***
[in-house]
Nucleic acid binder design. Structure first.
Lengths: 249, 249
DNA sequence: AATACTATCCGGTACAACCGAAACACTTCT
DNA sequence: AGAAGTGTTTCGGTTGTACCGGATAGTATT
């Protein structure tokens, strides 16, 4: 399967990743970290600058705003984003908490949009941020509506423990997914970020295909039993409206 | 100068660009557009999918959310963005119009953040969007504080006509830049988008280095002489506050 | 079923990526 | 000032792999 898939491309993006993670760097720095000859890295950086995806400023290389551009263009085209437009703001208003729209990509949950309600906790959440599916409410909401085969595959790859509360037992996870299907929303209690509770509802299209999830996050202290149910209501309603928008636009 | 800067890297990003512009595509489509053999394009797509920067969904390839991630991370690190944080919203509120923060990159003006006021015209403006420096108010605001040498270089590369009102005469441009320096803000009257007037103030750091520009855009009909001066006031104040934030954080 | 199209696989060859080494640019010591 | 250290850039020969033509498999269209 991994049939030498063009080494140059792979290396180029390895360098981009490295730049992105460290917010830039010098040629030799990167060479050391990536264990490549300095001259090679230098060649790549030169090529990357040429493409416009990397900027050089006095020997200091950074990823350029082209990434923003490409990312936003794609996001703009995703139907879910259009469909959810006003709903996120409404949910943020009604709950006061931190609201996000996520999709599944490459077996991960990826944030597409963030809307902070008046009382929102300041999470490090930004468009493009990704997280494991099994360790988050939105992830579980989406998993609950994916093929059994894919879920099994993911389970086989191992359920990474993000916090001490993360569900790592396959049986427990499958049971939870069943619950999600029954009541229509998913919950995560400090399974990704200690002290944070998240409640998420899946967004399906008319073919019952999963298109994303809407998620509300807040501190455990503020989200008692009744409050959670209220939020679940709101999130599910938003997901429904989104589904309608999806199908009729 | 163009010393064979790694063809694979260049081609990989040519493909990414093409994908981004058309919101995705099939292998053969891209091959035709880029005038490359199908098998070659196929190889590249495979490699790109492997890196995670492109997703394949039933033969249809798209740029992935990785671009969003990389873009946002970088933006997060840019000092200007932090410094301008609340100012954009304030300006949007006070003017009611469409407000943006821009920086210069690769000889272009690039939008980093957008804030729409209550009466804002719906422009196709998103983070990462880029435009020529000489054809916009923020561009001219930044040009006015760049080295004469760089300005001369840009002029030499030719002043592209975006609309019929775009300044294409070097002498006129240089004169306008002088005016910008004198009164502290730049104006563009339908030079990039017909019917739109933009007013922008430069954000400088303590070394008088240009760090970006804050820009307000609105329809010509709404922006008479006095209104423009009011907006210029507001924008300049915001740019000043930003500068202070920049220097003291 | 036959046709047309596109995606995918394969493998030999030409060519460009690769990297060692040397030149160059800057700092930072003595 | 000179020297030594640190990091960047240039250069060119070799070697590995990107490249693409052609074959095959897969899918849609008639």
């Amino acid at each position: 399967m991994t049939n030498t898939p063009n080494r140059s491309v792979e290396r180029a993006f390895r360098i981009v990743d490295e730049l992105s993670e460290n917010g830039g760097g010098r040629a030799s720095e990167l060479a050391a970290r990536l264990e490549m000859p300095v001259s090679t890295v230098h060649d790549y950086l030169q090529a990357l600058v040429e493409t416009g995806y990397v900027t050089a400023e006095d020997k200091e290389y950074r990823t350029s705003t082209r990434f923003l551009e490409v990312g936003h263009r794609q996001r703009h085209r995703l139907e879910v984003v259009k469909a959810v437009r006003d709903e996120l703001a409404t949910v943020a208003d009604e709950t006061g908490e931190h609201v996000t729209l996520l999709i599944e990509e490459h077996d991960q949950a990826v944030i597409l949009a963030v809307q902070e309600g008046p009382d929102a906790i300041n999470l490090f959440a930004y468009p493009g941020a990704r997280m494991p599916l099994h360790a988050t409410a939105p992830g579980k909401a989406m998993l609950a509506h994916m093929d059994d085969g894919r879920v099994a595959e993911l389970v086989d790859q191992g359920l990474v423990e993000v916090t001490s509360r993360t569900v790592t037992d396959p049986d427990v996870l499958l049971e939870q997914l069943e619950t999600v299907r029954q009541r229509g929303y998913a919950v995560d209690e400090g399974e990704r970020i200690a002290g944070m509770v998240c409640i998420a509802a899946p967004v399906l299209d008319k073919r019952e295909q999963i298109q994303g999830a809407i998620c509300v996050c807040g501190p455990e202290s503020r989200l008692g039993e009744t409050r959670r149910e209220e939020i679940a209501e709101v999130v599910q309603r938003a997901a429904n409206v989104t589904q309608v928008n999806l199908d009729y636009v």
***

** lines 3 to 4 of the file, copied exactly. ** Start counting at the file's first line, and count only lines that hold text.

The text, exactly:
Lengths: 249, 249
DNA sequence: AATACTATCCGGTACAACCGAAACACTTCT